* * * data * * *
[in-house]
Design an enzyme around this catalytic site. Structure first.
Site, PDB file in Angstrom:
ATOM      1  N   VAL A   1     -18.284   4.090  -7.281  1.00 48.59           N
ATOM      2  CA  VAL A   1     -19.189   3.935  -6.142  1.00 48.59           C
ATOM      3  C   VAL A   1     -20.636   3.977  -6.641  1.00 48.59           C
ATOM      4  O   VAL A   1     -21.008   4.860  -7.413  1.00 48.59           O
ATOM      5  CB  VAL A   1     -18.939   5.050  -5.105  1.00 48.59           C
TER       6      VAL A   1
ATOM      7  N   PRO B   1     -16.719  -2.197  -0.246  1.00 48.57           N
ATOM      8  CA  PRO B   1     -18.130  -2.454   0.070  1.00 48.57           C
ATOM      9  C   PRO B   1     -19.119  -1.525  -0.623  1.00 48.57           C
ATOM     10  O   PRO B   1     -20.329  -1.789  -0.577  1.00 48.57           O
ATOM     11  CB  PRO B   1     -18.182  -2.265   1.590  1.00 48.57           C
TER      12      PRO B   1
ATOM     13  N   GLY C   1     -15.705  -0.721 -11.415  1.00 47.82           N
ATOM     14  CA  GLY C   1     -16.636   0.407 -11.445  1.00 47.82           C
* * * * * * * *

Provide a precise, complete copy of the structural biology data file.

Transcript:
[in-house]
Design an enzyme around this catalytic site. Structure first.
Site, PDB file in Angstrom:
ATOM      1  N   VAL A   1     -18.284   4.090  -7.281  1.00 48.59           N
ATOM      2  CA  VAL A   1     -19.189   3.935  -6.142  1.00 48.59           C
ATOM      3  C   VAL A   1     -20.636   3.977  -6.641  1.00 48.59           C
ATOM      4  O   VAL A   1     -21.008   4.860  -7.413  1.00 48.59           O
ATOM      5  CB  VAL A   1     -18.939   5.050  -5.105  1.00 48.59           C
TER       6      VAL A   1
ATOM      7  N   PRO B   1     -16.719  -2.197  -0.246  1.00 48.57           N
ATOM      8  CA  PRO B   1     -18.130  -2.454   0.070  1.00 48.57           C
ATOM      9  C   PRO B   1     -19.119  -1.525  -0.623  1.00 48.57           C
ATOM     10  O   PRO B   1     -20.329  -1.789  -0.577  1.00 48.57           O
ATOM     11  CB  PRO B   1     -18.182  -2.265   1.590  1.00 48.57           C
TER      12      PRO B   1
ATOM     13  N   GLY C   1     -15.705  -0.721 -11.415  1.00 47.82           N
ATOM     14  CA  GLY C   1     -16.636   0.407 -11.445  1.00 47.82           C